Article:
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Sports Med. 2017 Nov;47(11):2323-2339. doi: 10.1007/s40279-017-0749-4.

Effects of Vitamin D Supplementation on Serum 25-Hydroxyvitamin D Concentrations and Physical Performance in Athletes: A Systematic Review and Meta-analysis of Randomized Controlled Trials.

Author information

1
Department of Surgery, McMaster University, Hamilton, ON, Canada. farrokh@mcmaster.ca.
2
Department of Health, Evidence and Impact, McMaster University, Hamilton, ON, Canada. farrokh@mcmaster.ca.
3
, 39 Charlton Avenue East, Hamilton, ON, L8N 1Y3, Canada. farrokh@mcmaster.ca.
4
University of Western Ontario, London, ON, Canada.
5
Department of Surgery, McMaster University, Hamilton, ON, Canada.
6
Victoria Hospital, Castries, Saint Lucia.
7
Department of Health, Evidence and Impact, McMaster University, Hamilton, ON, Canada.

Abstract

BACKGROUND:

There is currently no systematic review examining the effects of vitamin D supplementation among athletes. A rigorous systematic review and meta-analysis is important to provide a balanced view of current knowledge on the effect of vitamin D on serum 25-hydroxyvitamin D [25(OH)D] concentrations and physical performance.

OBJECTIVES:

This systematic review of randomized controlled trials (RCTs) evaluated the effects of oral vitamin D supplementation on serum 25(OH)D concentrations and physical performance in athletes.

METHODS:

Multiple electronic databases were searched, and study eligibility, methodological quality assessment, and data extraction were completed independently and in duplicate. Studies were stratified by baseline vitamin D sufficiency, season, and latitude. A cut-off of 30 ng/ml (75 nmol/l) of 25(OH)D was used for sufficiency. Absolute mean differences (AMDs) between vitamin D and placebo using random effects analysis, and heterogeneity using Q statistic and I 2 index, were calculated. AMD with 95% confidence interval (CI), p value, and I 2 are reported.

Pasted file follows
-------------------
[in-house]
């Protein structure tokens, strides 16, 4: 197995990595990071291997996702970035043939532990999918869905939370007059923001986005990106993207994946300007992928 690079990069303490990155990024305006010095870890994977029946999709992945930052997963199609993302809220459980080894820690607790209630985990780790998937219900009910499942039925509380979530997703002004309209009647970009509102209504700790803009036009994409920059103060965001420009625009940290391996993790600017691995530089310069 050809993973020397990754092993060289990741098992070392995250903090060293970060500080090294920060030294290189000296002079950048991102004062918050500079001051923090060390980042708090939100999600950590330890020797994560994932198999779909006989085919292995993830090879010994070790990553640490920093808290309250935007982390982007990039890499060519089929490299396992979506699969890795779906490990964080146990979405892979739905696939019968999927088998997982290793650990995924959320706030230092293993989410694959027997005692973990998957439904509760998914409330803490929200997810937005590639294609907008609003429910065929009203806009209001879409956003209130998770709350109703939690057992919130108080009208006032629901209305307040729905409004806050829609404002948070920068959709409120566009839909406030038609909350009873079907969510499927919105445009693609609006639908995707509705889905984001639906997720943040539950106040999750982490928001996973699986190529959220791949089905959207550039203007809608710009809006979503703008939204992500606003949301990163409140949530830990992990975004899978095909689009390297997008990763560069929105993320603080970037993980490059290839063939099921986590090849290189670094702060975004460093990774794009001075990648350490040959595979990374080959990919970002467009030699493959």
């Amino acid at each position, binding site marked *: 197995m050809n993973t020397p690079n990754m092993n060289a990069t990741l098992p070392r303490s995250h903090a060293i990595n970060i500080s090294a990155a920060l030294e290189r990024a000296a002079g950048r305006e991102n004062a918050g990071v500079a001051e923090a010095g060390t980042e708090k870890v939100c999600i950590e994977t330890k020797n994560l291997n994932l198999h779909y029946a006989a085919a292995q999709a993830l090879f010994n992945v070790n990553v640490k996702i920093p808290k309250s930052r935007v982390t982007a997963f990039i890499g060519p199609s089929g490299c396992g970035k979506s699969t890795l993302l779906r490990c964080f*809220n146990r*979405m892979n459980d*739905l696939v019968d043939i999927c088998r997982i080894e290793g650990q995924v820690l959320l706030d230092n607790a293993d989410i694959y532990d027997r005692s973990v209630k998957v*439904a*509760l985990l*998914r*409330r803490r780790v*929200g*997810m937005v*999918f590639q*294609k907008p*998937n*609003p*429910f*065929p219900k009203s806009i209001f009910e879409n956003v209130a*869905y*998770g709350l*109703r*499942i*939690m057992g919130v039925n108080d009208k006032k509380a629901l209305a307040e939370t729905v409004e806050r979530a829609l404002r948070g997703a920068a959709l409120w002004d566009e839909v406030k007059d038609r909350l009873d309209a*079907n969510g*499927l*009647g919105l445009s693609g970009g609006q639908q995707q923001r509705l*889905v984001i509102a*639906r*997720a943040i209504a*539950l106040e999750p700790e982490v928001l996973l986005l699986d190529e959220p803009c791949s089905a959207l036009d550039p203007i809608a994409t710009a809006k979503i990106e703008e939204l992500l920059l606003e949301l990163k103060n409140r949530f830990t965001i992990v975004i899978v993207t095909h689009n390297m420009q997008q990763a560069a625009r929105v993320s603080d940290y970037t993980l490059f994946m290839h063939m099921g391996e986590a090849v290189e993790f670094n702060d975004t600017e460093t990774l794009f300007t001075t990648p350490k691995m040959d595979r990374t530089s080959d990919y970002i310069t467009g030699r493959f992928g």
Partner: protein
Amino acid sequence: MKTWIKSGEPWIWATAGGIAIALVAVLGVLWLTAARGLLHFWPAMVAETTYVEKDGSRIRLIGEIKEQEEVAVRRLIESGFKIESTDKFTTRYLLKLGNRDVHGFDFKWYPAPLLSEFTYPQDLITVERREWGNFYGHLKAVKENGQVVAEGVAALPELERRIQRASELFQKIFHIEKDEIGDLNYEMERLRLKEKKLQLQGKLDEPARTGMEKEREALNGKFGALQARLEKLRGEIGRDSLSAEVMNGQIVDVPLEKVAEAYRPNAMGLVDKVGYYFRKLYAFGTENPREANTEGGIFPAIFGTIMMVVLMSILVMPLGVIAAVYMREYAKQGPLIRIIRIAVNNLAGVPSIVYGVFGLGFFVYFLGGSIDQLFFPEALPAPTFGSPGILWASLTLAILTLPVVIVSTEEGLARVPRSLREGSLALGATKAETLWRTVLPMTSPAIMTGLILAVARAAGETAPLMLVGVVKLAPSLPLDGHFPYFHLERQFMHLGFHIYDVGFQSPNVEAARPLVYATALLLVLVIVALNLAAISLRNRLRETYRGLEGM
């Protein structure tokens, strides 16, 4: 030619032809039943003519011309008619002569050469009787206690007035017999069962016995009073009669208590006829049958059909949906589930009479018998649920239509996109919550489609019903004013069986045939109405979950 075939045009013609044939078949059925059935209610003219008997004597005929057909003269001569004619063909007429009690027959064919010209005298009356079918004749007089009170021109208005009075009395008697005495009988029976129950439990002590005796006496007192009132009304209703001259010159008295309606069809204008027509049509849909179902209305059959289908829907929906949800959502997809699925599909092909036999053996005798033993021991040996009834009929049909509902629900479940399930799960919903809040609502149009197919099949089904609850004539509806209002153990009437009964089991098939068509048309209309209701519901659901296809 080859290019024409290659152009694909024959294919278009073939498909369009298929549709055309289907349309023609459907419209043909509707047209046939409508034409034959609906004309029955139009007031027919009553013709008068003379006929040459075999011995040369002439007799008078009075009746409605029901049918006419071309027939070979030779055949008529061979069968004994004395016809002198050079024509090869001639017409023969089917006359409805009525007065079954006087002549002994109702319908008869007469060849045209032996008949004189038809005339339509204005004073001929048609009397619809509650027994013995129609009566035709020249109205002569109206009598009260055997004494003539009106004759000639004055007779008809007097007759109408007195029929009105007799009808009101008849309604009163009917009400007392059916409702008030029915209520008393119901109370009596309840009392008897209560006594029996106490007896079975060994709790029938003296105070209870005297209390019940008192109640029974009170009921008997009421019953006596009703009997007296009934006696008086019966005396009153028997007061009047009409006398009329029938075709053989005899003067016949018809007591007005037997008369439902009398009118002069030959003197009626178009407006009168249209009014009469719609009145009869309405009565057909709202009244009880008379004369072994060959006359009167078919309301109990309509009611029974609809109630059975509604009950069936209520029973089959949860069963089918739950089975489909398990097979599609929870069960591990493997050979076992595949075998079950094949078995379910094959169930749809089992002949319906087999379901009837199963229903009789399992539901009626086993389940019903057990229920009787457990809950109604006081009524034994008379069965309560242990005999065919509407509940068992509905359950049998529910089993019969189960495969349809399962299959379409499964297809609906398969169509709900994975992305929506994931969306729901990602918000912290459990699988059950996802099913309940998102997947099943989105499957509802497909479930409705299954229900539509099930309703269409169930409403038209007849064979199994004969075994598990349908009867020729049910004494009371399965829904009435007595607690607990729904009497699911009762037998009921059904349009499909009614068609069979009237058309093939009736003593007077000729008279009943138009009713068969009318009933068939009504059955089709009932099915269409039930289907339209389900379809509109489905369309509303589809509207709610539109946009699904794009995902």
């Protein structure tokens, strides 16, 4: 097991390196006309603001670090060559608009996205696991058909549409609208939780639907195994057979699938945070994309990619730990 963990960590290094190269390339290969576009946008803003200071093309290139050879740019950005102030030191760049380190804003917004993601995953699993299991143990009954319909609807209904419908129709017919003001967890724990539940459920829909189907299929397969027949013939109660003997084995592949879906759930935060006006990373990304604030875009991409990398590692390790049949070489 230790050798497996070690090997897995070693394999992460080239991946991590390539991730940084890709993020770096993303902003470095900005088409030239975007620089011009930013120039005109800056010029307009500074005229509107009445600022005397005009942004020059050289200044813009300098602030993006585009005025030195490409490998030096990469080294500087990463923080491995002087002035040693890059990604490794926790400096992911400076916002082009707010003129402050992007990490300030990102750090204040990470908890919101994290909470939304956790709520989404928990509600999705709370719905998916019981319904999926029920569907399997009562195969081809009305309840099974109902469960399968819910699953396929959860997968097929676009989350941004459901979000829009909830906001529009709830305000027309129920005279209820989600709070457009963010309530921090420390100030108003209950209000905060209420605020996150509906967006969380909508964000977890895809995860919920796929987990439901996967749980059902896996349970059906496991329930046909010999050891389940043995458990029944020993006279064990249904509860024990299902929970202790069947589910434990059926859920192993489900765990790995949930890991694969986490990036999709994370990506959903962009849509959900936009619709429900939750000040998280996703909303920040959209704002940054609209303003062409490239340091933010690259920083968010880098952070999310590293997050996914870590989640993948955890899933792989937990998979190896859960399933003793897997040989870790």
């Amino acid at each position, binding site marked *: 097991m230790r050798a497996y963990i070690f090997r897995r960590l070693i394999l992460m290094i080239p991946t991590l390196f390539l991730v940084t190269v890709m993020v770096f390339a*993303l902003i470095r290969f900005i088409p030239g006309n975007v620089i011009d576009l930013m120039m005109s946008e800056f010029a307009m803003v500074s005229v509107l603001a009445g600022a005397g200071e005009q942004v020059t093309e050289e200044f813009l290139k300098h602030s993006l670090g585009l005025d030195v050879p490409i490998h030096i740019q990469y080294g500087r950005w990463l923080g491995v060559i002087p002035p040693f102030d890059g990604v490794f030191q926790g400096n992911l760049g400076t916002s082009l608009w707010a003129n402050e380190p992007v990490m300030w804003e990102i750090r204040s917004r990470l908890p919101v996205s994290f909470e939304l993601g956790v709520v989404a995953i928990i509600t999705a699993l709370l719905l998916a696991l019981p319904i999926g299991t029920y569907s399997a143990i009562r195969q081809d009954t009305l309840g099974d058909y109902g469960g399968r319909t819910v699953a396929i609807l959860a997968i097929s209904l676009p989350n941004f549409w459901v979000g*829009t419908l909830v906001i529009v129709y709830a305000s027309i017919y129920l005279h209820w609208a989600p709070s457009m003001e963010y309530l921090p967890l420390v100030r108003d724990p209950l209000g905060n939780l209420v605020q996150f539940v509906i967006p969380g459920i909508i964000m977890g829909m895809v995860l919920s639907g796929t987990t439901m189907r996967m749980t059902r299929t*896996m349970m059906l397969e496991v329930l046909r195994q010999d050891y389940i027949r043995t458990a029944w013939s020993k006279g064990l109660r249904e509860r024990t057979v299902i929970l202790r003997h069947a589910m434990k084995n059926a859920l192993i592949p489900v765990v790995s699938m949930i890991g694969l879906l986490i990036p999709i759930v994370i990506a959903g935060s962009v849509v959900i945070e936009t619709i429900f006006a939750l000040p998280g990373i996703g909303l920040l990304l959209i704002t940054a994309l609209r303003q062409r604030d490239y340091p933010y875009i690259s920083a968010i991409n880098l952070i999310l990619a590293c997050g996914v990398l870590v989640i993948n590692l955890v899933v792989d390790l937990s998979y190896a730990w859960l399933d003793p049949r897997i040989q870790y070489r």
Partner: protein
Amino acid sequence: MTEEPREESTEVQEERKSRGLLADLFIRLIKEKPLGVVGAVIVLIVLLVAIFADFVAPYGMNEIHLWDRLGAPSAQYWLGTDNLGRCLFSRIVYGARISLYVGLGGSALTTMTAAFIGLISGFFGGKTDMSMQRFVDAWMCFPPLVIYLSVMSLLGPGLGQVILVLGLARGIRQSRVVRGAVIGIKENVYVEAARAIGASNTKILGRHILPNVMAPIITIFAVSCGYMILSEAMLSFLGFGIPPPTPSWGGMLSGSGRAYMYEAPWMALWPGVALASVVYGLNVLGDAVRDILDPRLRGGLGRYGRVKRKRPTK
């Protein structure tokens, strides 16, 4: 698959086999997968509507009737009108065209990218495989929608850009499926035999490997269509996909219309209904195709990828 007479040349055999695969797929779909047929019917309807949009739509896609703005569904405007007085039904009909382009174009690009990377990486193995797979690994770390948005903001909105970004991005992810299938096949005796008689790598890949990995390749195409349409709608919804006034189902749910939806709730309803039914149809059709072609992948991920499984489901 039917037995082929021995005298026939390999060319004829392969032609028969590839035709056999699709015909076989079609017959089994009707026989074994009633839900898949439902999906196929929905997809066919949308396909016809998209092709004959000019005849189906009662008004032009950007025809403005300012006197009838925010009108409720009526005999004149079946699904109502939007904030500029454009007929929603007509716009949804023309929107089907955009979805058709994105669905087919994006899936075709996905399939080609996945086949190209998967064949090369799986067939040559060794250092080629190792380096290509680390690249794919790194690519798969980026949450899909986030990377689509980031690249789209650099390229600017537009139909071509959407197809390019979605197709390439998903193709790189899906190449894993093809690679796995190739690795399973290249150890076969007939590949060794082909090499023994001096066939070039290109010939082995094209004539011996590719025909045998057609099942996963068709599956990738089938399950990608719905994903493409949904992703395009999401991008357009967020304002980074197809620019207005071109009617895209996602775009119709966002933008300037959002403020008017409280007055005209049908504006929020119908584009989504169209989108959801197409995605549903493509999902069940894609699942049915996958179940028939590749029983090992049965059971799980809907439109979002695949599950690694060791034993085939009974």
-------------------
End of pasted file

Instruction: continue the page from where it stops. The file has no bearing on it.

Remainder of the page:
RESULTS:

In total, 13 RCTs (2005-2016) with 532 athletes (vitamin D 311, placebo 221) were eligible. A total of 433 athletes (vitamin D 244, placebo 189) had complete outcome data. Among athletes with baseline values suggesting insufficiency, vitamin D supplementation led to significant increases from 3000 IU (AMD 15.2 ng/ml; 95% CI 10.7-19.7, p < 0.0001, I 2 = 0%) and 5000 IU (AMD 27.8 ng/ml; 95% CI 16.9-38.8, p < 0.0001, I 2 = 78%) per day at >45° latitudes. Both doses led to sufficiency concentrations during winter months. Among athletes with baseline vitamin D suggesting sufficiency, serum 25(OH)D sufficiency was maintained from different doses at both latitudes. Of 13 included trials, only seven measured different physical performances and none demonstrated a significant effect of vitamin D supplementation during 12 weeks of follow-up.

CONCLUSION:

Despite achieving sufficiency in vitamin D concentrations from ≥3000 IU supplementation, physical performance did not significantly improve. Between-study heterogeneity was large, and well-designed RCTs examining the effect of vitamin D supplementation on serum 25(OH)D concentrations, physical performance, and injuries in different sports, latitudes, ethnicities, and vitamin D status are needed.

PMID:
28577257
DOI:
10.1007/s40279-017-0749-4
[Indexed for MEDLINE]

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